Movie Review: "Django Unchained", Tarantino, like always, is off the chain.


Movie Review: "Django Unchained" -

No one has done a better job of encouraging a healthy dose of bloodlust over the years than Quentin Tarantino, taking his "Inglorious Basterds" storyline a step further with "Django Unchained". While “Django” breaks no new ground for the director, it showcases everything that I love about him. Delicious dialogue, quirky and instantly rootable characters, over-the-top violence, and nostalgia for his favorite genres, here focusing on the spaghetti westerns of Sergio Leone.

The cinematography by Robert Richardson looks a lot like Leone's work and in addition to Jim Croce, Rick Ross, and Luis Bacalav, Tarantino has managed to get musical accompaniment by Leone collaborator Ennio Morricone.

A delightfully eccentric Christoph Waltz plays Dr. King Schultz, a former German dentist turned bounty hunter who hates slavery but sees particular advantage in using Django (Jamie Foxx) to help him track down Django’s former owners (he feels guilty about it). The two men bond over the German story of “Siegfried”, where the title character must brave a ring of fire to recapture his love, Broomhilda, which also happens to be the name of the bride (Kerry Washington) Django is trying to get back. This is about as touching a comparison as Tarantino has ever made I think.

Foxx’s performance is the best we’ve seen from him since “Ray”. He plays a man who’s forced to endure tremendous cruelty and heartache, and desperate enough to have to combat the unspeakable hardships with his own unspeakable acts in order to get back the only good thing he has left. Ditto for Kerry Washington, playing a woman reduced to a trembling, fearful mess.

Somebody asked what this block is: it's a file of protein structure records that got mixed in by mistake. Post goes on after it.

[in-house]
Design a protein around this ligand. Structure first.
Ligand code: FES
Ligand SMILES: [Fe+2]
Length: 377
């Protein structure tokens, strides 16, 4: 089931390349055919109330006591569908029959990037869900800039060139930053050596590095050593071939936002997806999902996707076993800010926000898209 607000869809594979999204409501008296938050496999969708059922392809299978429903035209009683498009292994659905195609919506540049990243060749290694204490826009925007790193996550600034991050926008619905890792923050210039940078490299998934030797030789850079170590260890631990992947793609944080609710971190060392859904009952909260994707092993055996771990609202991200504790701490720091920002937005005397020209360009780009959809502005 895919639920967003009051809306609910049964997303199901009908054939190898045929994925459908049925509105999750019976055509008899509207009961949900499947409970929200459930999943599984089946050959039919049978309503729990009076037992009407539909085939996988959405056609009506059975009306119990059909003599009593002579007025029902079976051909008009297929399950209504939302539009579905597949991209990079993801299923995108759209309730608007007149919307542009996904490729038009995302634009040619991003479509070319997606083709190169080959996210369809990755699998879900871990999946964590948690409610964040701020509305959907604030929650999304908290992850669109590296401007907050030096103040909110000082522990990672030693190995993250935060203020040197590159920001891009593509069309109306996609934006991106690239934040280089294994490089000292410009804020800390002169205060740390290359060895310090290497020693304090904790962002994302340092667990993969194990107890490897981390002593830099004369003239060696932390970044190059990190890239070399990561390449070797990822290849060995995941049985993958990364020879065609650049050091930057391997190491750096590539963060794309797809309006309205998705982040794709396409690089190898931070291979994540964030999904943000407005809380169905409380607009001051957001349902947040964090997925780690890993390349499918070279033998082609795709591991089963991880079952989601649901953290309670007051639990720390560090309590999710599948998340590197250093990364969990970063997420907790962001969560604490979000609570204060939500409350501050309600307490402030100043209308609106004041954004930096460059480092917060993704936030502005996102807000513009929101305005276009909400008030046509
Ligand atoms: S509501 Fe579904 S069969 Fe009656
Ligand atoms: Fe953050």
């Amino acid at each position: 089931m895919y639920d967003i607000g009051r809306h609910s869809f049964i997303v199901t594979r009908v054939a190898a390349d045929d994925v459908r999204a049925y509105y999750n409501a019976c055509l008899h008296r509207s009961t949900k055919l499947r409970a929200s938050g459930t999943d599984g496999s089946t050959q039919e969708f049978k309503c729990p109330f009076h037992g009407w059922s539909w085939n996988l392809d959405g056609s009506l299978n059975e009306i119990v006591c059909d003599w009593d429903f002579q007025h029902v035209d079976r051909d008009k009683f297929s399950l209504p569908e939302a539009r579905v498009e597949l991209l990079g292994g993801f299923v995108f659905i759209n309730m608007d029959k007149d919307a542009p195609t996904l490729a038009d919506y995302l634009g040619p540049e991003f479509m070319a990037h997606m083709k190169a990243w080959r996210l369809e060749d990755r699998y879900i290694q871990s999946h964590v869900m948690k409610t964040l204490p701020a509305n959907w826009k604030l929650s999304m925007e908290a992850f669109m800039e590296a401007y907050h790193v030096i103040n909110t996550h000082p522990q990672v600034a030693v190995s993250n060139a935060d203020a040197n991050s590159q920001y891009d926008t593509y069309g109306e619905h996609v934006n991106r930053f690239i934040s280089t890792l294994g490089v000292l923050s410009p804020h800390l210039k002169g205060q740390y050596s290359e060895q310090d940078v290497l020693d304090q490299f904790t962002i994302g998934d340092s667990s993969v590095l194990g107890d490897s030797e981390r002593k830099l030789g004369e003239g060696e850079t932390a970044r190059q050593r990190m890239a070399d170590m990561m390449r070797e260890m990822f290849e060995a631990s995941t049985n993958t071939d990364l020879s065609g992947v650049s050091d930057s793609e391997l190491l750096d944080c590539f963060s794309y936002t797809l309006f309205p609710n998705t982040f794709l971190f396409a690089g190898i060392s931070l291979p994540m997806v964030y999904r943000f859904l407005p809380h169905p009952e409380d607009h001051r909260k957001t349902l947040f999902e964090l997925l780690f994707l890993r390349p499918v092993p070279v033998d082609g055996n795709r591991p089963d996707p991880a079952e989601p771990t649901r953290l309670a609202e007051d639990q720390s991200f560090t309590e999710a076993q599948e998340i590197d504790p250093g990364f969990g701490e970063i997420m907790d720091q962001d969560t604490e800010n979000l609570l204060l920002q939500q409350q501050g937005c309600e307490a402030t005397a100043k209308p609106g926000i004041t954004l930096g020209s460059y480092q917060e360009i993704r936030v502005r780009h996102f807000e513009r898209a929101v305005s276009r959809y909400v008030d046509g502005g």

Tarantino rewards whippings, brandings, and various other atrocities with bloody death as Django decides to take up with Schultz for more payback. In addition to the violence, Tarantino has made a comedy that at certain points reminds you of the great “Blazing Saddles”, like a scene where a large group of good ole KKK boys complain about the inconvenient sheets they must wear.

The film truly gets into the ugly dark side of slavery once we get to the plantation of Calvin Candie, played with a genial sense of southern hospitality masking unfathomable cruelty by Leonardo DiCaprio, the man holding Broomhilda. Candie’s trade is Mandingo fighting (think dogfighting, but with slaves), leaving Django and Schultz to masquerade as traders looking for a fighter in order to save her. Candie’s breakdown between the difference between the skulls of blacks and whites and his toying of a failed runaway slave will give you chills.

And as much as Candie is a monster, its hard to tell who is more despicable, him or his house-man Stephen (Samuel L. Jackson), a freed black man who tortures and treats his own people with nothing but disgust while doing everything but bootlicking to get on Candie’s good side. Jackson’s work here is as daring as it gets, from the first scene where he goes into a rant about seeing an “uppity nigger on a horse”, he incites a passionate hatred that only gets more detestable as we see more of him.

Tarantino doesn’t shy away from using the N-word (never less than nailing the time period) or the barrage of blood and bullets, but the best part is just listening to these characters talk his dialogue. It’s nearly 3 hours long but "Django" does a perfect job of setting up and then handing out punishments. This will go down as one of the year’s best achievements.

Final Score- 9 out of 10